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Resilience - you either have it, or you don’t…?

During our recent chat about her struggles, my friend said, “I can’t do it. I’m not resilient enough.” It struck me. How can she think that? What does she mean? She is a smart, hard working person with strong sense of responsibility and at the same time lots of love and sense of humor. And this great woman doubts in her ability to achieve something? How can she see herself as not resilient enough?

I got curious. Resilience is such a catchy phrase now. But maybe what I interpret as resilience is different from what others think?

Obviously, the first thing I did was googling it. In less than a second, I’ve got 220 Million results.

“ability to recover quickly”

“bounce back from difficult life events”

“cope with challenging circumstances and move forward”

Ok, if we stop right there, without going deeper into the meaning, resilience really seems to be something isolated, a “thing” that you either have, or you don’t.

But resilience is more than that. It’s something we create in both, our private life and a workplace, by gaining awareness, finding motivation and supportive environment. Resilience means feeding the strength to face a challenge and bounce back from difficult events wherever we can. It is like combining Iron Man’s armor and The Fellowship of the Ring. Why do we think we need to struggle alone if we can get support?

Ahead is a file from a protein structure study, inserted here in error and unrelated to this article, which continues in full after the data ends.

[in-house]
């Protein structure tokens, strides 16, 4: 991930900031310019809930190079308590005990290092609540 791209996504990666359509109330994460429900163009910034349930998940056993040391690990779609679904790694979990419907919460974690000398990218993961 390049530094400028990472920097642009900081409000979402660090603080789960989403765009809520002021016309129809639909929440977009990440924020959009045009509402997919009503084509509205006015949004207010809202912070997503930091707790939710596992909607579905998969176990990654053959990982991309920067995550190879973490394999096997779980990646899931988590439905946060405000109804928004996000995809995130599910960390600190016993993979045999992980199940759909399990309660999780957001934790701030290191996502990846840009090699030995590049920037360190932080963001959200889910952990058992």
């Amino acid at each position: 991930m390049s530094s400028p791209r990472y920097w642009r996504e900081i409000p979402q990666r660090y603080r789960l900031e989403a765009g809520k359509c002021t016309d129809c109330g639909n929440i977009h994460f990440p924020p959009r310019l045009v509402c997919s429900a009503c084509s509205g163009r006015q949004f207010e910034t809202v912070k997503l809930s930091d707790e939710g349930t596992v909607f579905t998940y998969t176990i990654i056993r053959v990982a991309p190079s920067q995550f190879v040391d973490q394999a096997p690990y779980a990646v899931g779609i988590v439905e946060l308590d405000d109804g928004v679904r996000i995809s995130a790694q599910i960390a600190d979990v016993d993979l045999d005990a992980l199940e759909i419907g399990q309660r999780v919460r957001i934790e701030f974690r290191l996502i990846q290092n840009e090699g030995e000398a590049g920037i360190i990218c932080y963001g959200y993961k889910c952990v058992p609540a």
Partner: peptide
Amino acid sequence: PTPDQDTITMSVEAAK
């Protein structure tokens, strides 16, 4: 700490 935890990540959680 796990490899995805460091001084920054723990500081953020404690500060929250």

Resilience means finding strength to take the necessary action, and we can help ourselves to get there. The feeling of being equipped and supported, aware of our options, strengths and weaknesses, being able to make small steps and find motivation to keep going make a huge difference. Can you feel it?

So the big question is not IF but HOW we can build up our resilience.

When I think about it, what comes to my mind is my son and his skatepark experience. I asked him if he is ok with me sharing the story and he agreed. He just asked me to make you aware that what he was struggling with was a MEGA RAMP and so was the challenge…

He was eight at the time and discovered a new passion – pro scooter tricks. We had an indoor skatepark nearby and he spent there almost every weekend. All sweaty and never tired, he would practice for hours on the smaller ramps. There was one ramp though that he kept dreaming about – the MEGA one! He would observe with awe the kids who made it. The big ramp was offering so many new possibilities and would give him the speed needed to get to the other side and jump into a foam pit and test new, more advanced tricks…. But at the same time it was high and steep, and he could see many of the experienced kids failing, sometimes just sliding down in embarrassing poses, dragging their scooters with them, sometimes though hitting the plywood floor with a loud thud. There were tears, twisted wrists and ankles or grasping when a fall squeezed air from their lungs.